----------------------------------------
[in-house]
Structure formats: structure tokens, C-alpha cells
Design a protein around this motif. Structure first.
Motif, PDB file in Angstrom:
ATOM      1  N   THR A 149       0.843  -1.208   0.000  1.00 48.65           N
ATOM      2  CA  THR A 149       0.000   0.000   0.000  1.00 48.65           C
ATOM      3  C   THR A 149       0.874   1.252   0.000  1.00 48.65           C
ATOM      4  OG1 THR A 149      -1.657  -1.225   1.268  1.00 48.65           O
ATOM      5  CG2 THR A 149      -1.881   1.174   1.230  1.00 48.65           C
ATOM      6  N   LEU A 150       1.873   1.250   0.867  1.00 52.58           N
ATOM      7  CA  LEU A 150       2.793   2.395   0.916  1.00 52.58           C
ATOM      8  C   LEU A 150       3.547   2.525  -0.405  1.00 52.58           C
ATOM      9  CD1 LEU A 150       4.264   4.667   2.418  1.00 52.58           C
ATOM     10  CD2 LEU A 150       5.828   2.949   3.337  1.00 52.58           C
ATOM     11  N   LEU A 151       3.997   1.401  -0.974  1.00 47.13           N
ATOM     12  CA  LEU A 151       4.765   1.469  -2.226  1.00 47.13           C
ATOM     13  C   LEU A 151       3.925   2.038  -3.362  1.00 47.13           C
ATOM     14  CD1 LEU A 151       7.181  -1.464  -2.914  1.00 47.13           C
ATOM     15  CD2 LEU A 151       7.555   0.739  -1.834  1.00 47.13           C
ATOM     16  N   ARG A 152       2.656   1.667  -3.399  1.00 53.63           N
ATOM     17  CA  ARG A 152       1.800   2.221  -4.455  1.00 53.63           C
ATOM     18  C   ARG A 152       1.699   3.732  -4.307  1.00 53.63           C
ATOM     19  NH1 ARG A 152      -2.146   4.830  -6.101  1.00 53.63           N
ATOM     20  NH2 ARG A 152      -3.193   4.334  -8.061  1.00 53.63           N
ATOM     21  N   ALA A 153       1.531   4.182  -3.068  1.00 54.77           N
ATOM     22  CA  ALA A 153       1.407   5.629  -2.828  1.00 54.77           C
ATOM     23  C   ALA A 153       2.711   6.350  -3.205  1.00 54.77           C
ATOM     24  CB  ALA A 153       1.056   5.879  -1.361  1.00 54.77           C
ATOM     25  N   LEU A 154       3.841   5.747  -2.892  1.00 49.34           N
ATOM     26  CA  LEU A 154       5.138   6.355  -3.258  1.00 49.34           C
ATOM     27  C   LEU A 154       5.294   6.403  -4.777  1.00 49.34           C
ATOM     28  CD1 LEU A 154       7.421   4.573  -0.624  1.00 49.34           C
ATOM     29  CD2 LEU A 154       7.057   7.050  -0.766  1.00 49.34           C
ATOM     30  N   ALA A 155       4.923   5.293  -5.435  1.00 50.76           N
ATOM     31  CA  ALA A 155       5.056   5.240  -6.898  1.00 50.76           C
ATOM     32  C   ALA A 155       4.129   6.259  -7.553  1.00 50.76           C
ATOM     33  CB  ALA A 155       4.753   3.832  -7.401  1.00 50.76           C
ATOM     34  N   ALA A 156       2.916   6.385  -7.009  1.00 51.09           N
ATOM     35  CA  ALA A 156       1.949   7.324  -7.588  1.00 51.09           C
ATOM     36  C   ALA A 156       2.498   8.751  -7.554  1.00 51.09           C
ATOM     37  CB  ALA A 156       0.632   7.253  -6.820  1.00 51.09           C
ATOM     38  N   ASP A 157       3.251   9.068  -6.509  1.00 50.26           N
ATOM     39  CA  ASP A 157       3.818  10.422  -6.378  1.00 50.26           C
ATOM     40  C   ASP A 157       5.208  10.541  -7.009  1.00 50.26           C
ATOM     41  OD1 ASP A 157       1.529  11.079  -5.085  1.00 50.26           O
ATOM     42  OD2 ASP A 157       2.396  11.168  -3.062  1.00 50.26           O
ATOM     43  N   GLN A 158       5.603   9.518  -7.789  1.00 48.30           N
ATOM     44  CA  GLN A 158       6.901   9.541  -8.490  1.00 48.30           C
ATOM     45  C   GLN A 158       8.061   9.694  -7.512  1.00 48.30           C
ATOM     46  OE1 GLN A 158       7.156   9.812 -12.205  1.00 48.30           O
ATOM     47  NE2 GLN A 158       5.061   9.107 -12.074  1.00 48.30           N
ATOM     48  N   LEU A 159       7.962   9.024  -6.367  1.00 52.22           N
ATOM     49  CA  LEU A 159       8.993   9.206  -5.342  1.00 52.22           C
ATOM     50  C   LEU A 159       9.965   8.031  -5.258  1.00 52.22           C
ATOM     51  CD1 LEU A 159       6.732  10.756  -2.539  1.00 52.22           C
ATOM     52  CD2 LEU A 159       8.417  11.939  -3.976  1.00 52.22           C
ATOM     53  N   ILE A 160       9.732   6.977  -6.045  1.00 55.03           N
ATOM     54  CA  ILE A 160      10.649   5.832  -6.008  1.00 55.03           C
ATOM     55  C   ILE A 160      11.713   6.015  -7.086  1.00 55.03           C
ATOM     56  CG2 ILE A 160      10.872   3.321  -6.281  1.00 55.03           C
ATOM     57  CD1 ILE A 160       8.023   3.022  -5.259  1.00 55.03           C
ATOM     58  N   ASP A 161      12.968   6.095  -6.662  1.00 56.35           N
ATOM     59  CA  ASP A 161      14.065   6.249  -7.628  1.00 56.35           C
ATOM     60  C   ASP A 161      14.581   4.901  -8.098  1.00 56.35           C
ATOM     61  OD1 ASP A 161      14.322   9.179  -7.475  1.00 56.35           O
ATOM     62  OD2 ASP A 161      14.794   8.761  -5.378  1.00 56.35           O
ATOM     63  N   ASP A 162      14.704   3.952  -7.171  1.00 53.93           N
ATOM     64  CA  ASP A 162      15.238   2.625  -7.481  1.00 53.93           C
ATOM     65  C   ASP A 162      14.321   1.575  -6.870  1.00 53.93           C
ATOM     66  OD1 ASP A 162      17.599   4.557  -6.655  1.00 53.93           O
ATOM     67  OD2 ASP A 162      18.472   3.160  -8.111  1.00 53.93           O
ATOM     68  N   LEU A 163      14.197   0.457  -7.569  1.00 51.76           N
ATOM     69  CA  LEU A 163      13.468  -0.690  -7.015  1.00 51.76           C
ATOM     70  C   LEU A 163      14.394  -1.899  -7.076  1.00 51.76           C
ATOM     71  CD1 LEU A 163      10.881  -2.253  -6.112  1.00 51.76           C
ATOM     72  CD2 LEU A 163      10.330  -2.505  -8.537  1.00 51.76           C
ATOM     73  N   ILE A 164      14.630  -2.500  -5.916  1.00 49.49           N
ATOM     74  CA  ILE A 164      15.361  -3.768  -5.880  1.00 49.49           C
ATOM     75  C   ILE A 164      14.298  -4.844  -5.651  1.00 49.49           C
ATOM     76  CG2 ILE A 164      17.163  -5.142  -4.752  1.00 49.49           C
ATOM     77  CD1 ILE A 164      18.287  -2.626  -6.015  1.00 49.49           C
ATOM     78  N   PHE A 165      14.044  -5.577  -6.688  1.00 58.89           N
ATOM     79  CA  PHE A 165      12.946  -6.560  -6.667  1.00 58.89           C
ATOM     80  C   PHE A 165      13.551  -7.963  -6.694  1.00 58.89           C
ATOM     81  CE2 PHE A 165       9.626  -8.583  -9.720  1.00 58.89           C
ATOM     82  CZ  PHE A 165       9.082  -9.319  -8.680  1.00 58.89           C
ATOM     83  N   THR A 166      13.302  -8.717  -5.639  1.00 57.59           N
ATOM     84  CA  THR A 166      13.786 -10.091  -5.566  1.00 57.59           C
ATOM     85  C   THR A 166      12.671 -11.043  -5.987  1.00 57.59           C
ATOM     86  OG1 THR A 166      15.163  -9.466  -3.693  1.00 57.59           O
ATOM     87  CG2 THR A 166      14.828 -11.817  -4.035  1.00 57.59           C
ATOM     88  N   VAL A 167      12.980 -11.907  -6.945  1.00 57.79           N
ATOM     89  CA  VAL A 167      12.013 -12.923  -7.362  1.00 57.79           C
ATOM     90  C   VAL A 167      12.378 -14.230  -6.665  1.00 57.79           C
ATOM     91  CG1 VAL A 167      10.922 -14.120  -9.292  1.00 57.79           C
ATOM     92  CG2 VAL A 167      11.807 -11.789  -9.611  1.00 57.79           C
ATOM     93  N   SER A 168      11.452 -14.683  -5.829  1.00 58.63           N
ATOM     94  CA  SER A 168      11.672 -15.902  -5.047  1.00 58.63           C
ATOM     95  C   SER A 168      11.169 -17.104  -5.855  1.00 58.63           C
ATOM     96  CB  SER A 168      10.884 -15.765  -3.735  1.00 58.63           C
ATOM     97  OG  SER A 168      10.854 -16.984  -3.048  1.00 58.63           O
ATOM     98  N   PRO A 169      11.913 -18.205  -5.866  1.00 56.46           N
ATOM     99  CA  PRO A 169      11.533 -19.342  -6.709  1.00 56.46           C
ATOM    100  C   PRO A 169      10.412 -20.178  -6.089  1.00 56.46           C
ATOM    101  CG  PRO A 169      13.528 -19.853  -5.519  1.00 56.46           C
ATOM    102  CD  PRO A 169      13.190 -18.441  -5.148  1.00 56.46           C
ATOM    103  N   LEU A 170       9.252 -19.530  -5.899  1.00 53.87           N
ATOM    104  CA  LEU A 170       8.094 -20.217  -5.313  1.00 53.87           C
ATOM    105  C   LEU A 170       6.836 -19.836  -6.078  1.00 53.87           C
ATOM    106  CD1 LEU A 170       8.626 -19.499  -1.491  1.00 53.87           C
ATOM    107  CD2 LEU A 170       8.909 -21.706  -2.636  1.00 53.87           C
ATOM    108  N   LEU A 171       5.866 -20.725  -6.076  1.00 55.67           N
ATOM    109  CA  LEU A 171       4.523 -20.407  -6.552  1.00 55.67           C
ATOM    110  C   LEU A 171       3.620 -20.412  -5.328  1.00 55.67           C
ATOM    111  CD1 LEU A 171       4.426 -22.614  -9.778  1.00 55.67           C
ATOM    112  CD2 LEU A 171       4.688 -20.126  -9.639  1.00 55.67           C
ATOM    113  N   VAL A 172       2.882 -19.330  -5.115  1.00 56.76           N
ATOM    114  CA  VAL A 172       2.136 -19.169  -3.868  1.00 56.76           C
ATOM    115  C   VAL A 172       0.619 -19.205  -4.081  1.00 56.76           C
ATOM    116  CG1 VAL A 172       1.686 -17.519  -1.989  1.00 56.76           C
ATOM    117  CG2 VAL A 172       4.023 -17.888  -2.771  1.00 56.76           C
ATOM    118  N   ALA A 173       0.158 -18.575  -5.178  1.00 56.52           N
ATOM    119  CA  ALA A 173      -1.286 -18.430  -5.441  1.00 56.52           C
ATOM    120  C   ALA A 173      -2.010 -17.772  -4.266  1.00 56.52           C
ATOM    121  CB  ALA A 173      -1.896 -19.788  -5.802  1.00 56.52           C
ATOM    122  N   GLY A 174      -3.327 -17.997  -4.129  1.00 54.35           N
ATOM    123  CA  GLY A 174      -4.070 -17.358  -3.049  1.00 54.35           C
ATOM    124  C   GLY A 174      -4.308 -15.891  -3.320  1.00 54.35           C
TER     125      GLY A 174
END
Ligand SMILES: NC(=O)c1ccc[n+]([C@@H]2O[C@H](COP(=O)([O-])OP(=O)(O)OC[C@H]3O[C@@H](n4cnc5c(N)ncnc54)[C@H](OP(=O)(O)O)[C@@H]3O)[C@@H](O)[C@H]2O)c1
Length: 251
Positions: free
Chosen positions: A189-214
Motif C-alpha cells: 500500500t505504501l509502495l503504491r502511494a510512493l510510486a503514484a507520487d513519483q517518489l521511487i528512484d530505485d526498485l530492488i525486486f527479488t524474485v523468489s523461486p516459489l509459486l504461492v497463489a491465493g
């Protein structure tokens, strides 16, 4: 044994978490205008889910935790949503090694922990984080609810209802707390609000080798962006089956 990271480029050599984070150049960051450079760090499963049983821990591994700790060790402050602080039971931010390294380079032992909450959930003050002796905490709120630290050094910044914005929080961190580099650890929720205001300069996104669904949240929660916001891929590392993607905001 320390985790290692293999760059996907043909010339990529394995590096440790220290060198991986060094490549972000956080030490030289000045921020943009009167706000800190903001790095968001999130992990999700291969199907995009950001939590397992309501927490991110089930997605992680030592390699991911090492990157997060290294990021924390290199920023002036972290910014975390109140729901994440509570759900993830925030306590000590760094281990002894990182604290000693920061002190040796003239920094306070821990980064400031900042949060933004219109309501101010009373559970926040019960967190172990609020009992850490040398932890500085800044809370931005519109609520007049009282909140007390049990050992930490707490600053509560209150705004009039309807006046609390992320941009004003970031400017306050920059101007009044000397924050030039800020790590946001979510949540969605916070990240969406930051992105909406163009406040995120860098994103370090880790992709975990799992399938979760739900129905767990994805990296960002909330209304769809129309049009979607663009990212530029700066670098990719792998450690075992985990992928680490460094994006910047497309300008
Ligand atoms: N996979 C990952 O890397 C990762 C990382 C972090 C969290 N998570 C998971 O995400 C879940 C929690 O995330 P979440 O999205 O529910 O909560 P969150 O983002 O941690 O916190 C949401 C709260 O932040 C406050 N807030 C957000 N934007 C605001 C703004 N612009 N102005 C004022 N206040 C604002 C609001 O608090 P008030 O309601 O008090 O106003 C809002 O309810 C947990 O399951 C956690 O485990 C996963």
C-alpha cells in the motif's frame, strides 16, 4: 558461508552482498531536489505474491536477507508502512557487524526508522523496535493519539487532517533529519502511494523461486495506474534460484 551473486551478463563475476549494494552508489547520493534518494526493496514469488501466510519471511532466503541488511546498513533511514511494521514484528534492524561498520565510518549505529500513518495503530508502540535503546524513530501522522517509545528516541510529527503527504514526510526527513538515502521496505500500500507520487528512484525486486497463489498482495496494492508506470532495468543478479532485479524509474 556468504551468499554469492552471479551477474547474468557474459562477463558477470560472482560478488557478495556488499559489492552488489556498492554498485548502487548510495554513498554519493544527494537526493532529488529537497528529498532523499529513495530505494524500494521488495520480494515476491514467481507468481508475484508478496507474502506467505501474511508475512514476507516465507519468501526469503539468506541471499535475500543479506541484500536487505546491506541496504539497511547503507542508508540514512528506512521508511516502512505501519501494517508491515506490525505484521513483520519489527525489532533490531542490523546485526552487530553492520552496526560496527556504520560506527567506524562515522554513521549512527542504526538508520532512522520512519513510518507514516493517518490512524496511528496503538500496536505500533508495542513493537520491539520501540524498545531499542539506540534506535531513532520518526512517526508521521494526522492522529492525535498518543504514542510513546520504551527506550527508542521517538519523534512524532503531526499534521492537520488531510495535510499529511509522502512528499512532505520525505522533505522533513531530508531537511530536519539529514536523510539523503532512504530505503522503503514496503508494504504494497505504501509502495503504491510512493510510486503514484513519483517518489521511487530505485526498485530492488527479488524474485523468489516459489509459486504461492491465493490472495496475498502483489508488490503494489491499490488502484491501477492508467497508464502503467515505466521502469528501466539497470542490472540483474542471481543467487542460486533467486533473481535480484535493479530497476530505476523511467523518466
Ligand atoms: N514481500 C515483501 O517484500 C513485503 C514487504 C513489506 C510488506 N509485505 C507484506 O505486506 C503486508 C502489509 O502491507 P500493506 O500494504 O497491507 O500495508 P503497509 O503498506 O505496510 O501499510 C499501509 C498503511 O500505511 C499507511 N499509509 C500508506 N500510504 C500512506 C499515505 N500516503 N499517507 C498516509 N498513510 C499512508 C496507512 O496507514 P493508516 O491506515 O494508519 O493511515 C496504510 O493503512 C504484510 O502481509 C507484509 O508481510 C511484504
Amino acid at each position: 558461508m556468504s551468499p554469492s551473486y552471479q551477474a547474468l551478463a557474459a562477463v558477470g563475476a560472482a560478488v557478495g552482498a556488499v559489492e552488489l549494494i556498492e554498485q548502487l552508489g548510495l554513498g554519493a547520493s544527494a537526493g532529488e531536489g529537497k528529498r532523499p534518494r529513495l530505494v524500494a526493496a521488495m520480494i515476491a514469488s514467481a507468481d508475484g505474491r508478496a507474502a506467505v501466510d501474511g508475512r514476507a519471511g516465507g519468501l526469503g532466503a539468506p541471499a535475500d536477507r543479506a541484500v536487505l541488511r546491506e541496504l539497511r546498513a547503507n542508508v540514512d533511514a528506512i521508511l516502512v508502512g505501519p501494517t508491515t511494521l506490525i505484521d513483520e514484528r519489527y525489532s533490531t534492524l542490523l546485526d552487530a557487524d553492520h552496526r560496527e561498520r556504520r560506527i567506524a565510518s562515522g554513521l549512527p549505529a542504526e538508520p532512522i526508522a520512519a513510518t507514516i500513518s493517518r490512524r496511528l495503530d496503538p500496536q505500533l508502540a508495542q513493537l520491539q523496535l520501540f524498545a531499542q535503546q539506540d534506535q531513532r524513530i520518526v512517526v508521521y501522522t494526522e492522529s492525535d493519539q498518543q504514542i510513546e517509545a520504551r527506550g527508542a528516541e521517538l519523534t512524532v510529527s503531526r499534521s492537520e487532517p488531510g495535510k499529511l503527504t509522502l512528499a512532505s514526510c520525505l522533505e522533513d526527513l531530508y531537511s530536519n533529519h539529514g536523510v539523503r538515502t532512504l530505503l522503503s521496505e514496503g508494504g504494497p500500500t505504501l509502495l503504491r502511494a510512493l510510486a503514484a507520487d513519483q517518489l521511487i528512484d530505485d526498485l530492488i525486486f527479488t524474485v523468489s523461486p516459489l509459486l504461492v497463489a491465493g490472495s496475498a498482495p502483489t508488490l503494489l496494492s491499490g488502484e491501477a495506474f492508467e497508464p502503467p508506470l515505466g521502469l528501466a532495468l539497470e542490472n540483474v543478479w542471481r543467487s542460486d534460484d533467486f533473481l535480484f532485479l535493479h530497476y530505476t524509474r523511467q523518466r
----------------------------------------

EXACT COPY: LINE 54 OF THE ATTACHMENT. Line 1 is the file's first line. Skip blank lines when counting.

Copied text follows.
ATOM     50  C   LEU A 159       9.965   8.031  -5.258  1.00 52.22           C